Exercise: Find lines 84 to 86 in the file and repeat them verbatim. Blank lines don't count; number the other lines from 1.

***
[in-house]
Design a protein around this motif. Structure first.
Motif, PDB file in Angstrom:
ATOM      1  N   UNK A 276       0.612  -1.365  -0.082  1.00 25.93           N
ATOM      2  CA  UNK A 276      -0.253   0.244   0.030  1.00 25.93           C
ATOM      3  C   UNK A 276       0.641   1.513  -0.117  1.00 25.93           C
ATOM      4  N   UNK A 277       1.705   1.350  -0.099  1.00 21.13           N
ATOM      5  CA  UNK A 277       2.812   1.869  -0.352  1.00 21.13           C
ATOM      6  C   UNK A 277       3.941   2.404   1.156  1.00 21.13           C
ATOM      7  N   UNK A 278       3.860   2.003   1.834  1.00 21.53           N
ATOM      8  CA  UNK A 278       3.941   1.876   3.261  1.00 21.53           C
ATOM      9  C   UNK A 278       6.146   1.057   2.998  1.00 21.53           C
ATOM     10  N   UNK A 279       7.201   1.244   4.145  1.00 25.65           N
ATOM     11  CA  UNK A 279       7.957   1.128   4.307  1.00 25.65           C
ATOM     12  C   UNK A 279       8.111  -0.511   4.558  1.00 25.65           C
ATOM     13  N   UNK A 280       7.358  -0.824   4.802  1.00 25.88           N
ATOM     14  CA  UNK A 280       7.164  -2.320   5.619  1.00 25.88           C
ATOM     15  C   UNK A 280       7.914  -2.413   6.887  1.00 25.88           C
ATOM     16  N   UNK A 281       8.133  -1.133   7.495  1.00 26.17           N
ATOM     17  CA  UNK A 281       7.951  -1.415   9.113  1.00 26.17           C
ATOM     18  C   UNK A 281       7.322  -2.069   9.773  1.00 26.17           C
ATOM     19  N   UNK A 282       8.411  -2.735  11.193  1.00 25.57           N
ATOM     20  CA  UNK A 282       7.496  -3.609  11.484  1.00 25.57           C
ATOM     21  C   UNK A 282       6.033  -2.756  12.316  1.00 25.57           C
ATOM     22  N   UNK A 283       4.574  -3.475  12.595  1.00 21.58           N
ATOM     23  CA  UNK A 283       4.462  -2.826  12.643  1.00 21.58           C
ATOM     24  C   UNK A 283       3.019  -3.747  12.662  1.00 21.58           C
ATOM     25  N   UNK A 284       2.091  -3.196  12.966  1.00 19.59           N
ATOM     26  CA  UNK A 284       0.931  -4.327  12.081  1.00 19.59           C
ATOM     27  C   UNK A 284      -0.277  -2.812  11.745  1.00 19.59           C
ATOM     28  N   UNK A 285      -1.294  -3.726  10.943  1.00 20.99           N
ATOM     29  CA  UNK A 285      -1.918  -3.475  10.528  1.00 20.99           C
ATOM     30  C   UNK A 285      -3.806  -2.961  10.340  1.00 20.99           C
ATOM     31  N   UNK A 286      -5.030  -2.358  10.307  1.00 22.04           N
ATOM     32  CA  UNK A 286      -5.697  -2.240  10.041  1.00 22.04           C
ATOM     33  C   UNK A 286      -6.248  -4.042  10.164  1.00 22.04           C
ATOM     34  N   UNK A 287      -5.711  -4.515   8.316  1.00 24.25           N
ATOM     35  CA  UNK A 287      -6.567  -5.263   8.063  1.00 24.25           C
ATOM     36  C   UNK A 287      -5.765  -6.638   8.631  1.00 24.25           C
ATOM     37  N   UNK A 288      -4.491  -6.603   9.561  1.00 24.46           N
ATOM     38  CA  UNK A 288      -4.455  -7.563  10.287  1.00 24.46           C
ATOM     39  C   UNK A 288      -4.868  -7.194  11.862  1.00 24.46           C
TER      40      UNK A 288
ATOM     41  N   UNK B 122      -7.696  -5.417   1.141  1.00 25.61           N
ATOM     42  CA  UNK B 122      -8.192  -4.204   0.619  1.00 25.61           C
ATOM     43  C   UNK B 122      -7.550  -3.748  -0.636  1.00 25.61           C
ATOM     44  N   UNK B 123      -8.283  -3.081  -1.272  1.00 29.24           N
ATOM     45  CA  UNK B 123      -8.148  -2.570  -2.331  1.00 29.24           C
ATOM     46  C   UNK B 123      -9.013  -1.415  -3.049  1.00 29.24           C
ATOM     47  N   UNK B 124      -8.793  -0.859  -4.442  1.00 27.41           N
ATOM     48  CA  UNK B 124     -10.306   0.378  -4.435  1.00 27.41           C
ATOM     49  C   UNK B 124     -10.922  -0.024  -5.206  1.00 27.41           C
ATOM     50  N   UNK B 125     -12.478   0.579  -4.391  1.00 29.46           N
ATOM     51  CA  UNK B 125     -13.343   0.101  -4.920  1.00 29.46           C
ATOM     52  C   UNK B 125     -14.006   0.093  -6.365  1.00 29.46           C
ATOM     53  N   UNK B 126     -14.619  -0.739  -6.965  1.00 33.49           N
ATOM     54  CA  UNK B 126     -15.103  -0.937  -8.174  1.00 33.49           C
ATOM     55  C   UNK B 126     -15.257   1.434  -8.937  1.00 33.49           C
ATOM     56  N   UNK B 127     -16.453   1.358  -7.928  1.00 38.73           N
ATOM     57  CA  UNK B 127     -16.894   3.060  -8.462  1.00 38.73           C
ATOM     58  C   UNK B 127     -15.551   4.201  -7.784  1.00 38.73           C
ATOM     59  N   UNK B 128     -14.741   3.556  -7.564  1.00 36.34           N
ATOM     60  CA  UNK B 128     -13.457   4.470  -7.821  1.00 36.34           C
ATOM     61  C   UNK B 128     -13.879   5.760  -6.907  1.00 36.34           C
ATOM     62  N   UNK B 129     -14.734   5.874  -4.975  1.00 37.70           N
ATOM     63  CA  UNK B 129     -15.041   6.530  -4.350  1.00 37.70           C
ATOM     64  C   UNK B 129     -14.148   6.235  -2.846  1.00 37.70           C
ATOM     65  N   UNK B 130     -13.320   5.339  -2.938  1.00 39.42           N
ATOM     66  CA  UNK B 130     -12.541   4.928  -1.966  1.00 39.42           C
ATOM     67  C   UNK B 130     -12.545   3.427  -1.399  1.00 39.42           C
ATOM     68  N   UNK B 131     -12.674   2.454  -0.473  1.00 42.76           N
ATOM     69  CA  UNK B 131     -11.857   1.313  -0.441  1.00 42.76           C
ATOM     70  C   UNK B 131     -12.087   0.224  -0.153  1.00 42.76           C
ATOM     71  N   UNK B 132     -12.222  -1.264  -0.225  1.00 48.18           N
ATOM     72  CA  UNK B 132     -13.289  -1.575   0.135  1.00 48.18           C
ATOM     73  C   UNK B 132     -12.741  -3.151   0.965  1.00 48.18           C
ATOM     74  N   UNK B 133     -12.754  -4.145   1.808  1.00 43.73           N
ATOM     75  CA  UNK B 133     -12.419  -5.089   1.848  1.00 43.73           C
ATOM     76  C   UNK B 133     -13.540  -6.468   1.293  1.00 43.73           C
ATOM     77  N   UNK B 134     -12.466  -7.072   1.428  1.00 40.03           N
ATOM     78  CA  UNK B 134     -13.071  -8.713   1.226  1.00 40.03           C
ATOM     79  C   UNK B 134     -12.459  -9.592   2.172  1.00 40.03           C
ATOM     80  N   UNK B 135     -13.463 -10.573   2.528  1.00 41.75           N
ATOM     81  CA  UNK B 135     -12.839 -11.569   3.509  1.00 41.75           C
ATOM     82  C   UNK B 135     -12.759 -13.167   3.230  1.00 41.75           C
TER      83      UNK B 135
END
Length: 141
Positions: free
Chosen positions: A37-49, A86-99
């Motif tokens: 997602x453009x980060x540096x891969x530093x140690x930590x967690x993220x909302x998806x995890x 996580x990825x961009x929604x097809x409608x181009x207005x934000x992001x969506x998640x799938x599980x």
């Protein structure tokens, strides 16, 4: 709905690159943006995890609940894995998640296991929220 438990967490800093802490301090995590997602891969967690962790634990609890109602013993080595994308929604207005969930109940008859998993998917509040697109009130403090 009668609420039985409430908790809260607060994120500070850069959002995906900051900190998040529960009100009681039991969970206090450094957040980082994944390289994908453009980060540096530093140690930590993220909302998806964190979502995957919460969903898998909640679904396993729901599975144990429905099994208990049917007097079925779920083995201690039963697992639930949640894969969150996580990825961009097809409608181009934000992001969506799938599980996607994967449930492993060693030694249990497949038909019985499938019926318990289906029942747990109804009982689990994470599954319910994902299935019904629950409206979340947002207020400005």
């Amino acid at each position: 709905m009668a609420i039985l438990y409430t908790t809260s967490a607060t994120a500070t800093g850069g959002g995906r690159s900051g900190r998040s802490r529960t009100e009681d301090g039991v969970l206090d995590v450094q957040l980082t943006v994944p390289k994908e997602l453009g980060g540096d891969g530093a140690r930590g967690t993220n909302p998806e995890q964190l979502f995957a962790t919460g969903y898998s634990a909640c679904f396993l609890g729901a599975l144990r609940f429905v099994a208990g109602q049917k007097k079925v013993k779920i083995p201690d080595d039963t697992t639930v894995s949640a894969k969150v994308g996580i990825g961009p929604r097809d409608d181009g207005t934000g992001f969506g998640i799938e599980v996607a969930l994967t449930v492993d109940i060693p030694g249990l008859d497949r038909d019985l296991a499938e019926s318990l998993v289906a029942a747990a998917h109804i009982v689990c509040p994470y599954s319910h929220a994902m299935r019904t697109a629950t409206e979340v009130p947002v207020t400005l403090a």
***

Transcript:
ATOM     81  CA  UNK B 135     -12.839 -11.569   3.509  1.00 41.75           C
ATOM     82  C   UNK B 135     -12.759 -13.167   3.230  1.00 41.75           C
TER      83      UNK B 135